Apr 04, 2021 News
…is critical to future economic development of country—Fmr. T&T Energy Minister
Kaieteur News – While Guyana has not done too badly in terms of its development of its hydrocarbon industry and related benefits in recent years, Former Minister of Energy for Trinidad and Tobago (T&T) Kevin Ramnarine, believes “when you look at local content, for example, there is a lot of work to do with local content, and a lot more involvement of the Guyanese private sector that could happen.”
He did concede however, that “by and large, when you look at what has happened, when you look at the amount of Guyanese who have been trained and are working on the FPSOs (Floating, Production Storage and Offloading Vessel) and the drill ships at the shore-base and so on and you look at what is coming potentially.”
Ramnarine was speaking during a recent webinar hosted by OilNOW where the former T&T Energy Minister gave his views on the proposed gas to shore project for Guyana.
According to Ramnarine there will be in future, more shore-bases being constructed to service the industry which would see an increased demand for local human resource.
Ramnarine’s position was had a day before the Ministry of Natural Resources announced that it had concluded a third draft Local Content Policy for the country.
The Ministry made the announcement on Tuesday last—some two years since the country started producing oil—and reported that “…the general focus of the stakeholders’ response to the draft document fixated primarily on the state of the current capacity of Guyanese’s businesses and skills.”
This in addition to the “expectations for better participation and benefits from the sector, the identification of opportunities that exist for Guyanese to participate in the industry and the need for transformation in key related sectors such as education and finance to support business enhancement that will cater for the needs of the growing petroleum economy.”
Speaking to the general sustainability of the industry and its long term employment benefits for Guyanese, Ramnarine in his discussion had noted that the cost of producing a barrel of oil in Guyana’s deep waters is very competitive.
He posited “when you stack it up against the break even cost in let’s say, shallow water Trinidad, the break even costs of producing oil in Guyana will keep the industry alive in difficult times.”
Ramnarine suggested that this would allow for when oil prices go into the US$20s and the US$30s per barrel “as happened last year, it is not something which would cause you to get, you know a heart attack in Guyana.”
He opined that the industry survived last year and it is because of the cost of producing a barrel of oil compared to other deep water provinces around the world right.
As such, Ramnarine noted that “Guyana in terms of oil and gas, I think the country hasn’t done badly, (but) of course there is a need to institutionalize the industry in Guyana through the establishment of the Petroleum commission and the passage of the legislation to support that.”
He was adamant “there is a continuous need to continue to educate the population and create the skills resource base and noted that “even so, a lot of Guyanese have transitioned from manufacturing and from gold mining, and from the bauxite industry and so on, into the oil industry and the transition has happened pretty quickly.”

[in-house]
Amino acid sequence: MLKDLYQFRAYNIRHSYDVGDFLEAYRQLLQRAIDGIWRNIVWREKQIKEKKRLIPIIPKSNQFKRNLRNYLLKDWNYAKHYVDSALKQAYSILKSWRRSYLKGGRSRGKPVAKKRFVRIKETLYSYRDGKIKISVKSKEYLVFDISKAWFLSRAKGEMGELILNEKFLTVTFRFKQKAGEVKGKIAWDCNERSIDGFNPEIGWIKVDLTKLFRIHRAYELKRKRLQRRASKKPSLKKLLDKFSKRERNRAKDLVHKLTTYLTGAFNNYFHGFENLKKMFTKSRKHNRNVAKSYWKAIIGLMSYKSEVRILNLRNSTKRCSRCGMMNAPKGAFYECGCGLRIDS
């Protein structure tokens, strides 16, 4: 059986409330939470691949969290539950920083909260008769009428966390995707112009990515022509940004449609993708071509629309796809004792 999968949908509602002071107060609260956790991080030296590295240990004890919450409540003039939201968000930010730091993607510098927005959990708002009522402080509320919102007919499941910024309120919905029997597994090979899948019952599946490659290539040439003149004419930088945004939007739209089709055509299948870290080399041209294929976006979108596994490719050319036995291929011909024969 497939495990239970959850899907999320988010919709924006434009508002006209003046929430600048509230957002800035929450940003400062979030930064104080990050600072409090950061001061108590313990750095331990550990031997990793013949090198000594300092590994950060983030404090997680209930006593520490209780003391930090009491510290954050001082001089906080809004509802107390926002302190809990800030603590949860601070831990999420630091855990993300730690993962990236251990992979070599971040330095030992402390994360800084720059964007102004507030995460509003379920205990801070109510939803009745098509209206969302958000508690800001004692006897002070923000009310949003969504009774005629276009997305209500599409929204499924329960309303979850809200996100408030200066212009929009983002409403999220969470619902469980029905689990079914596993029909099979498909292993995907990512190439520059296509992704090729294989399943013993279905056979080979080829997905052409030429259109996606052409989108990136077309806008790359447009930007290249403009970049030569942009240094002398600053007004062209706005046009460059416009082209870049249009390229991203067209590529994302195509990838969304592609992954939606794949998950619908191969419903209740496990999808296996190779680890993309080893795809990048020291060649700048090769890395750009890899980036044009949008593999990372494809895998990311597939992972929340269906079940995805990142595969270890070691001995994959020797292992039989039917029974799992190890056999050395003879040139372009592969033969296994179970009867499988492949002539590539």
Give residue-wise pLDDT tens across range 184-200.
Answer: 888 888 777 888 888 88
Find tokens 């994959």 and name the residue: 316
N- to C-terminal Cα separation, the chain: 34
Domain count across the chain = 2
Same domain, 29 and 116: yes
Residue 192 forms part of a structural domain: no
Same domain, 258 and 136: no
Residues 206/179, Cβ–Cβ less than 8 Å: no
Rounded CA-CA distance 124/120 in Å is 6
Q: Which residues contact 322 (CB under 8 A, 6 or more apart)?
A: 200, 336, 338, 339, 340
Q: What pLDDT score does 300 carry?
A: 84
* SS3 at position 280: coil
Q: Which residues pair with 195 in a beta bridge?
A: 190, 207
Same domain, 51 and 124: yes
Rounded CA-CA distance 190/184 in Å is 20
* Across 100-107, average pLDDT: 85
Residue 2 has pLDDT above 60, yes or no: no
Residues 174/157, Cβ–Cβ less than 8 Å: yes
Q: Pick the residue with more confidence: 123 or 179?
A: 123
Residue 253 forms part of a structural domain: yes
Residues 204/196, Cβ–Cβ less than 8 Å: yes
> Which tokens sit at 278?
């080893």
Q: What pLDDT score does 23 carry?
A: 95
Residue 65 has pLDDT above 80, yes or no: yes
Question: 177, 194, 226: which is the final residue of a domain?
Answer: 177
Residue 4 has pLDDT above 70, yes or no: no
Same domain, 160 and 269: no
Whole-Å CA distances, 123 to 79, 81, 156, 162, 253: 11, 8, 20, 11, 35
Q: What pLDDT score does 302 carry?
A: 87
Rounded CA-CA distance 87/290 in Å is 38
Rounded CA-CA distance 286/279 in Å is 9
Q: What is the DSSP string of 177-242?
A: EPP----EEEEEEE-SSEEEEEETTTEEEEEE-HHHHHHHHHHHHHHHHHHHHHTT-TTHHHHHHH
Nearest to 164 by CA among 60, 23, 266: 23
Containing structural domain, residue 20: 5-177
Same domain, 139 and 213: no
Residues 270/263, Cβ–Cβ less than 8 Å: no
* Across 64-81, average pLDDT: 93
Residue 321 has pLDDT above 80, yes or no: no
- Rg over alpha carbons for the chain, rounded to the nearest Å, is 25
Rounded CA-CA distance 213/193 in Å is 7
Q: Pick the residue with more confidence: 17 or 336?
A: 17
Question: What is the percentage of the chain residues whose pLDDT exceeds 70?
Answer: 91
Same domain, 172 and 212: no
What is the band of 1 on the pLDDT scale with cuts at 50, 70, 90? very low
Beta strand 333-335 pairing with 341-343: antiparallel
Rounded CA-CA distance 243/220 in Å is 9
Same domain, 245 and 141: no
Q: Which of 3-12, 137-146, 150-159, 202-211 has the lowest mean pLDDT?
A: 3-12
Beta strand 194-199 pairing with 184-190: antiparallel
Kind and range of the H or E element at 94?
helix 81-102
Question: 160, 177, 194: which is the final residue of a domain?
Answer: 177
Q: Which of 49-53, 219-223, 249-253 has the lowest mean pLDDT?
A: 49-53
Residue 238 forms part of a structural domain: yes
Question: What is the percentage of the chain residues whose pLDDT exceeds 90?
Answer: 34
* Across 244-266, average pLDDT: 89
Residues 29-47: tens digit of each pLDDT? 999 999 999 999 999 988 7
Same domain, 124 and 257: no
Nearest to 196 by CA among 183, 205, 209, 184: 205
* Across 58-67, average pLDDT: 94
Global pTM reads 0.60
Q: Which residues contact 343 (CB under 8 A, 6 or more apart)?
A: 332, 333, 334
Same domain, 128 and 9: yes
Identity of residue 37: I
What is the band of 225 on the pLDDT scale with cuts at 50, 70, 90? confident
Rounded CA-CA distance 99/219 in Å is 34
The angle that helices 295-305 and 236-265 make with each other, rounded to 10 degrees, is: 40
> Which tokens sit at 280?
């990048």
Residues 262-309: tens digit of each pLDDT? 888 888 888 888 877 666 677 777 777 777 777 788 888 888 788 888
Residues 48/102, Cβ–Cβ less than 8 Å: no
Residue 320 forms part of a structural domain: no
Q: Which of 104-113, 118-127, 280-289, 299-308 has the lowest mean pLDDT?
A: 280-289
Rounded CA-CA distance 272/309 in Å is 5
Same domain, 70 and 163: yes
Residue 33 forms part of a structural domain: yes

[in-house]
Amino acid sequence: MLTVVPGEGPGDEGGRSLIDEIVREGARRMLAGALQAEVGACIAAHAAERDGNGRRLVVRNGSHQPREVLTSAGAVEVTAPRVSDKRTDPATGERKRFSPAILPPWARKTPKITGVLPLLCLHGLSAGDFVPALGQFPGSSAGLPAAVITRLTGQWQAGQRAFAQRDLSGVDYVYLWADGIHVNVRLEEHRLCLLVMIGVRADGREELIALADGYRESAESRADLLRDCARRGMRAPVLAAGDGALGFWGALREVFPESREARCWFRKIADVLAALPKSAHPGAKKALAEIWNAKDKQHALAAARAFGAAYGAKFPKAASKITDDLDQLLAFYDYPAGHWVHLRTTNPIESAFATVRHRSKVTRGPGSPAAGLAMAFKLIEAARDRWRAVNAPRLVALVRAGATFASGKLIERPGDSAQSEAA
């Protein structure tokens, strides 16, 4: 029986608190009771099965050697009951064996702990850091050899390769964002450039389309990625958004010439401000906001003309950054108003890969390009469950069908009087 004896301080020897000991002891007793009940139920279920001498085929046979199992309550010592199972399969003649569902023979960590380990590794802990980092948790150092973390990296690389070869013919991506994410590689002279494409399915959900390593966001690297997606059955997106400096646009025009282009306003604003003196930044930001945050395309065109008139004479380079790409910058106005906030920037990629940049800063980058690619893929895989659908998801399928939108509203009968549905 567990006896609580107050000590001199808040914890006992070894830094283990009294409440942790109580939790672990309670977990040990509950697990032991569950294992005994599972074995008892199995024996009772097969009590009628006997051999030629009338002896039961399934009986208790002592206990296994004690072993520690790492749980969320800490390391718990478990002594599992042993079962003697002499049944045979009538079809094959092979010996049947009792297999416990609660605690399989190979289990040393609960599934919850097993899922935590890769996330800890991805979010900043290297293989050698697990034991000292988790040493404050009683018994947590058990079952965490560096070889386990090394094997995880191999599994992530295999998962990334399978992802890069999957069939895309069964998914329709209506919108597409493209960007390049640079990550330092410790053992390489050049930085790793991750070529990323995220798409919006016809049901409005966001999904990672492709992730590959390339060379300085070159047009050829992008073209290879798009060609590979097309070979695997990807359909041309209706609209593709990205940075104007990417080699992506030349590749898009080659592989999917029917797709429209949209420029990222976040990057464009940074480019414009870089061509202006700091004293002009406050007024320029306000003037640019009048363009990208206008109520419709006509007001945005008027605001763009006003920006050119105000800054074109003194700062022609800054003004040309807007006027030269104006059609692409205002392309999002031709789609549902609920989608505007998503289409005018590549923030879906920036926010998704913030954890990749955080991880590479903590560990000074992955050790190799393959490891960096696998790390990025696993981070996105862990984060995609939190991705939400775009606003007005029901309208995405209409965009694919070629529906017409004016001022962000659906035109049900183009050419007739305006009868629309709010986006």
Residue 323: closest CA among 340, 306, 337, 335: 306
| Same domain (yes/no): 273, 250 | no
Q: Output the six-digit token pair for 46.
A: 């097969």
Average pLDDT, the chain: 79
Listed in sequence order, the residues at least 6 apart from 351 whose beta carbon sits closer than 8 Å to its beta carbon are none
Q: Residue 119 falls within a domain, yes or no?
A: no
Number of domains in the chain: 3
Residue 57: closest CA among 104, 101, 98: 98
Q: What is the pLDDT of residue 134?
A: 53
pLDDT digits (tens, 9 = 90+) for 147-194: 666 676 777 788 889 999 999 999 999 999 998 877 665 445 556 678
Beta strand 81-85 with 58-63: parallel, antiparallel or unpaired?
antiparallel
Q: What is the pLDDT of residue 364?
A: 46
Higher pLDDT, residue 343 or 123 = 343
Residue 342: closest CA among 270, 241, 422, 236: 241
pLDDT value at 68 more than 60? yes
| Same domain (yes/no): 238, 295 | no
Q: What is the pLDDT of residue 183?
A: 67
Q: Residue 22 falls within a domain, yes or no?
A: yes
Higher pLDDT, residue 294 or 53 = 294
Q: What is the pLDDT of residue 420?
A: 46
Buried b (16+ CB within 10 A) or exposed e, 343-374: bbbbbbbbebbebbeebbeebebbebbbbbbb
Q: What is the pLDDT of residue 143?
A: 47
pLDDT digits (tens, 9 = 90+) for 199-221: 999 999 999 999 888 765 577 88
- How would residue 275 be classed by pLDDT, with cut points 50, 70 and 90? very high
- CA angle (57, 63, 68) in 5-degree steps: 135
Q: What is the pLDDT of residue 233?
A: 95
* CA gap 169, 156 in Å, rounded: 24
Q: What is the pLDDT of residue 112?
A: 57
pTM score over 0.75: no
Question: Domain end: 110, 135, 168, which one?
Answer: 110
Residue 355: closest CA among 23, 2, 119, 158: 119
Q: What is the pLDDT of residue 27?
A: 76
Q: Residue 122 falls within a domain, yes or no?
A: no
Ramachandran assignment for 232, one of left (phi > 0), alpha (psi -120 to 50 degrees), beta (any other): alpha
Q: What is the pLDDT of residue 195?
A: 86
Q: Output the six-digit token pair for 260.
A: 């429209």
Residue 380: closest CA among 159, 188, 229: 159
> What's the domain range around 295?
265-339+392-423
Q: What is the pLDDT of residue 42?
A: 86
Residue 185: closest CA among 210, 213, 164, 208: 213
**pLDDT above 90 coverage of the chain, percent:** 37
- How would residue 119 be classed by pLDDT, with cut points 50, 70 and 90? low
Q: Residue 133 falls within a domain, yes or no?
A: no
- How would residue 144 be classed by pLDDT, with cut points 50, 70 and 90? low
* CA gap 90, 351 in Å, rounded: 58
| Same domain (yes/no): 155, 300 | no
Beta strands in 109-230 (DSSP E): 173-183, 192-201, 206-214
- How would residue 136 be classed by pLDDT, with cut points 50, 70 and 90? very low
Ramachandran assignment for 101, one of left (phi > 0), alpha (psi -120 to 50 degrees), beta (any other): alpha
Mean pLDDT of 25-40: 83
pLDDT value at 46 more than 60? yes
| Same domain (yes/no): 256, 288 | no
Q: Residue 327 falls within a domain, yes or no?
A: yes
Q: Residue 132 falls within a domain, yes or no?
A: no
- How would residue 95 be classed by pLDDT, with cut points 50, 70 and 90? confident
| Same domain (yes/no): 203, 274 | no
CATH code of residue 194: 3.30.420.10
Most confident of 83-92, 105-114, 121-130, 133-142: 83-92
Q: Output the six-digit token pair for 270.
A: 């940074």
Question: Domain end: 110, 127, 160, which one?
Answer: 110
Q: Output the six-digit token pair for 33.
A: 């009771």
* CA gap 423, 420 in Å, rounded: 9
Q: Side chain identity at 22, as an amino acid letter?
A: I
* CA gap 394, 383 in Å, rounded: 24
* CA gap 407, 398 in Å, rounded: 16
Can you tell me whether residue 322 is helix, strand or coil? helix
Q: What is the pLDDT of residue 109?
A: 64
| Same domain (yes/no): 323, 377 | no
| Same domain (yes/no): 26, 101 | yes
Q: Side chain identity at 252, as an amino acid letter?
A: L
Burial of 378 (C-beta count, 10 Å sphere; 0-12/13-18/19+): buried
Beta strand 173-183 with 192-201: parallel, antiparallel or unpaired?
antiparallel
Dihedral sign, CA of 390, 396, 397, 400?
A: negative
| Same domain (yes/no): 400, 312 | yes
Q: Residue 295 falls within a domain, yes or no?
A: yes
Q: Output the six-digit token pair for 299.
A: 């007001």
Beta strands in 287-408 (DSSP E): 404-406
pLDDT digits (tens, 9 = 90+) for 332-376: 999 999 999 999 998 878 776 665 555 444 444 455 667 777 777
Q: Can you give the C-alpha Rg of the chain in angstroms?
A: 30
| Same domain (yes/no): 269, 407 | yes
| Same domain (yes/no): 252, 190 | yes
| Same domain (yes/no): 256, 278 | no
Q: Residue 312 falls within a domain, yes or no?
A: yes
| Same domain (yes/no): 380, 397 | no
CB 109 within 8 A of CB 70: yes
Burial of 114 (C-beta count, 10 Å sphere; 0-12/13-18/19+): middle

According to Ramnarine, “I think the government is on the right track with putting their foot down for local content, I think they are taking local content very seriously and reiterated “local content are important for the sustainable economic development of the country.”
The Ministry said the latest version of Guyana’s Local Content Policy came about through consultations held with some 180 public and private sector agencies and firm.
The latest round of consultations in an attempt to finalize a local content policy for Guyana began on March 3, last and concluded on March 25, some 23 days later.
Guyana’s first attempt at promulgating a Local Content Policy that would eventually direct a legislative framework for enforcement began soon after the 2015 Liza I discovery by a US oil major—ExxonMobil—led consortium in the Stabroek Block some 126 miles offshore Guyana in its Exclusive Economic Zone.
The initiative has seen several rounds of consultations by both administrations including consultations such as renowned petroleum specialist Anthony Paul.
The Trinidadian had submitted a report that was supported by the local private sector over its proposals but was subsequently scrapped by the then coalition A Partnership for National Unity, Alliance for Change (APNU+AFC).
That administration engaged yet another consultant, United Kingdom (UK) resident, Dr. Michael Warner, who led another round of consultations, this time submitting a report to the then Department of Energy, since subsumed into the Ministry as its Petroleum Management Unit.
That report was embroiled in controversy not only over its author and his relations to the operator ExxonMobil but the fact that the final document appeared to have removed safeguards for locals and was instead heavily in favour of the oil operators.
That second document was never finalised as a Policy which led to the Irfaan Ali led administration initiating a third round of consultations that have since been completed with the date for a final document to be announced.
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